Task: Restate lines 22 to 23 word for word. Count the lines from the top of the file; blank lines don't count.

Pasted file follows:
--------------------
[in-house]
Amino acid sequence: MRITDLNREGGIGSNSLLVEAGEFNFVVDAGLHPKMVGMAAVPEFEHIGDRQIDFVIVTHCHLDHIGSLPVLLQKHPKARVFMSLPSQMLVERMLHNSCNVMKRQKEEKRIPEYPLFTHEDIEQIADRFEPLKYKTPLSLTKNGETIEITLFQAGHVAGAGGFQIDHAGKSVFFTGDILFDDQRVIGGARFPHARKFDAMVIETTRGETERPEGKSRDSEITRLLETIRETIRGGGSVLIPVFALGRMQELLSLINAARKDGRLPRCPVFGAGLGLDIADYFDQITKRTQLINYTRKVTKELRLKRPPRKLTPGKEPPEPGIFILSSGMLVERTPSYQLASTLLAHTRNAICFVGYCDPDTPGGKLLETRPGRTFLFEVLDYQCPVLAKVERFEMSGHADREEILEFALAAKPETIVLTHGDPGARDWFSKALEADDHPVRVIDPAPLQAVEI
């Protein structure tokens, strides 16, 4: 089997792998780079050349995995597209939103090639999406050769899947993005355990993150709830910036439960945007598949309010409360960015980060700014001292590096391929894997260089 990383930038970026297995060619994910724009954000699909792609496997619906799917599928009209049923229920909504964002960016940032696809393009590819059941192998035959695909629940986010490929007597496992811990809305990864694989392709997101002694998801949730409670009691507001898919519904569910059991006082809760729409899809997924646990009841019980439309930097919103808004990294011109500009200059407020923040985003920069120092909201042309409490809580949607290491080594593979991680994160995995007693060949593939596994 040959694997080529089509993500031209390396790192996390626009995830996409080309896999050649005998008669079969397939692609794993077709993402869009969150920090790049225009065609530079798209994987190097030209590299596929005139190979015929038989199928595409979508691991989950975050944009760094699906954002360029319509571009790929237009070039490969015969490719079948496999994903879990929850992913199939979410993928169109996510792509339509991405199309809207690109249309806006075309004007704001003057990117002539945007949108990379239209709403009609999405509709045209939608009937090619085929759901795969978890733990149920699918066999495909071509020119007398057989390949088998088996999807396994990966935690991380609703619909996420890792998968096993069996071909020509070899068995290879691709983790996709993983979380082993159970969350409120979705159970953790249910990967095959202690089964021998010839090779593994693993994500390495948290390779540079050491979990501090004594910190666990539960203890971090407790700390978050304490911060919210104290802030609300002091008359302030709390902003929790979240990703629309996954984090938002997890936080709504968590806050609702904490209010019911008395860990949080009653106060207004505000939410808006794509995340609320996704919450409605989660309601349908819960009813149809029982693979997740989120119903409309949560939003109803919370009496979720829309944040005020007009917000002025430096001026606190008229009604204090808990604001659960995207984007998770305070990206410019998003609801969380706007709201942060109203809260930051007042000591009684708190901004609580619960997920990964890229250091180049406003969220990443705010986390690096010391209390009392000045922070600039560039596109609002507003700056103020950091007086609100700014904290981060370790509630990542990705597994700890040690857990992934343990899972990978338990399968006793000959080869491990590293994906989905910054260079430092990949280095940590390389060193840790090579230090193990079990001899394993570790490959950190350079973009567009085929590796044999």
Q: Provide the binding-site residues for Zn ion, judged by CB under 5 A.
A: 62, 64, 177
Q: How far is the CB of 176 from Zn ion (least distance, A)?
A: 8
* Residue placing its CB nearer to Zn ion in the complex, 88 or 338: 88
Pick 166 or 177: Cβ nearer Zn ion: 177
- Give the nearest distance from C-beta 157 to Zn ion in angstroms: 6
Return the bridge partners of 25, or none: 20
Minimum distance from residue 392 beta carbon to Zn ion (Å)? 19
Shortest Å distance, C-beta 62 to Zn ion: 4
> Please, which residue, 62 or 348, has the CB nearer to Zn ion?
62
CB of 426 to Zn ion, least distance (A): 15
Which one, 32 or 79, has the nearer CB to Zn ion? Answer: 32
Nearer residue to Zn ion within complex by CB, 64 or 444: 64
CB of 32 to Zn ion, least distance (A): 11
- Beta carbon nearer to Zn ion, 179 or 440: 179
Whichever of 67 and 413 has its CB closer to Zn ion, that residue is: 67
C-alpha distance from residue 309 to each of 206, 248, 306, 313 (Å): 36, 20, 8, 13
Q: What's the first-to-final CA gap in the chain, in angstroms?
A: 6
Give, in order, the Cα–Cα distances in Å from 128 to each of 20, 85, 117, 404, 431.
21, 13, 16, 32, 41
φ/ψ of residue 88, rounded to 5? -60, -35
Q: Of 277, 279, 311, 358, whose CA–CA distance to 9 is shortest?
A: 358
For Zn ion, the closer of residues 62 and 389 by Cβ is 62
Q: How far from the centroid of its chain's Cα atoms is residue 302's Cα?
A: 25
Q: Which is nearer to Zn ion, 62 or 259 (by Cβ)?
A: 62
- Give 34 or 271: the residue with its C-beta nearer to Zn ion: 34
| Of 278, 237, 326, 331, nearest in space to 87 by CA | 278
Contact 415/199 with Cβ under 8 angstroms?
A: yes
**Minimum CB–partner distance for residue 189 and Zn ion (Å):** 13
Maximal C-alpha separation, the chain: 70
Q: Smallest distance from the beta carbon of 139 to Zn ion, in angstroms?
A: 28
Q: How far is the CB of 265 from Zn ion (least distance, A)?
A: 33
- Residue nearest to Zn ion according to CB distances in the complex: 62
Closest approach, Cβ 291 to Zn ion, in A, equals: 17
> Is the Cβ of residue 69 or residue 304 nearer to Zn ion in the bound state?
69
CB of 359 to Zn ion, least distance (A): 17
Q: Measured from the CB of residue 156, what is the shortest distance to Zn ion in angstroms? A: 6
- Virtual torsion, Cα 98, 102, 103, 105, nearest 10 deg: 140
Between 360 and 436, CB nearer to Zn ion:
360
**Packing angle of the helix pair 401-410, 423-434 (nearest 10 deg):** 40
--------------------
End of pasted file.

C-alpha distance from residue 309 to each of 206, 248, 306, 313 (Å): 36, 20, 8, 13
Q: What's the first-to-final CA gap in the chain, in angstroms?